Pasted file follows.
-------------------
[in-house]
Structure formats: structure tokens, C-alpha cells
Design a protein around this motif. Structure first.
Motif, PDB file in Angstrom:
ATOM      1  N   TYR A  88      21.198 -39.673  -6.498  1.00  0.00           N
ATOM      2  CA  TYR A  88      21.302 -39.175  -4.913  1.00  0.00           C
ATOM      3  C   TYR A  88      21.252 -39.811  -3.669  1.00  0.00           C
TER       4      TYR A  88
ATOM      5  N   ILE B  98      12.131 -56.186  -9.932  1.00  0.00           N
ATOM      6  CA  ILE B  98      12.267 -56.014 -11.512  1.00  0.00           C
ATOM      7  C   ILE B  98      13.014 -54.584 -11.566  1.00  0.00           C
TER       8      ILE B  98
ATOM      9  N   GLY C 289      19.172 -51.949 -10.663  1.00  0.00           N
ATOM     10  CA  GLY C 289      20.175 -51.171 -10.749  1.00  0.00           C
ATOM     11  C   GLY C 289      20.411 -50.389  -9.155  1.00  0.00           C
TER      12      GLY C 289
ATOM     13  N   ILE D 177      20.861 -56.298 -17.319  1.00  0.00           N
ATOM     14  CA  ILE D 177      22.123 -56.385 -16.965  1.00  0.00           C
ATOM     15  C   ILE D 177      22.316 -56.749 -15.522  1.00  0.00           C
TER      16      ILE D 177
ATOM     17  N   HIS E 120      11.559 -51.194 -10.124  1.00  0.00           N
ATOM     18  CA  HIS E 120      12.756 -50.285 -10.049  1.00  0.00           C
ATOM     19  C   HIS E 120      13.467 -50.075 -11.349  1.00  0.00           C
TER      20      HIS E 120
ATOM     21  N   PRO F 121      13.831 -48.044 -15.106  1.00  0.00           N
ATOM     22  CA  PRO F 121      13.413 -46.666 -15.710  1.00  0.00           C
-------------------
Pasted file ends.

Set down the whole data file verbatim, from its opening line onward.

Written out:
[in-house]
Structure formats: structure tokens, C-alpha cells
Design a protein around this motif. Structure first.
Motif, PDB file in Angstrom:
ATOM      1  N   TYR A  88      21.198 -39.673  -6.498  1.00  0.00           N
ATOM      2  CA  TYR A  88      21.302 -39.175  -4.913  1.00  0.00           C
ATOM      3  C   TYR A  88      21.252 -39.811  -3.669  1.00  0.00           C
TER       4      TYR A  88
ATOM      5  N   ILE B  98      12.131 -56.186  -9.932  1.00  0.00           N
ATOM      6  CA  ILE B  98      12.267 -56.014 -11.512  1.00  0.00           C
ATOM      7  C   ILE B  98      13.014 -54.584 -11.566  1.00  0.00           C
TER       8      ILE B  98
ATOM      9  N   GLY C 289      19.172 -51.949 -10.663  1.00  0.00           N
ATOM     10  CA  GLY C 289      20.175 -51.171 -10.749  1.00  0.00           C
ATOM     11  C   GLY C 289      20.411 -50.389  -9.155  1.00  0.00           C
TER      12      GLY C 289
ATOM     13  N   ILE D 177      20.861 -56.298 -17.319  1.00  0.00           N
ATOM     14  CA  ILE D 177      22.123 -56.385 -16.965  1.00  0.00           C
ATOM     15  C   ILE D 177      22.316 -56.749 -15.522  1.00  0.00           C
TER      16      ILE D 177
ATOM     17  N   HIS E 120      11.559 -51.194 -10.124  1.00  0.00           N
ATOM     18  CA  HIS E 120      12.756 -50.285 -10.049  1.00  0.00           C
ATOM     19  C   HIS E 120      13.467 -50.075 -11.349  1.00  0.00           C
TER      20      HIS E 120
ATOM     21  N   PRO F 121      13.831 -48.044 -15.106  1.00  0.00           N
ATOM     22  CA  PRO F 121      13.413 -46.666 -15.710  1.00  0.00           C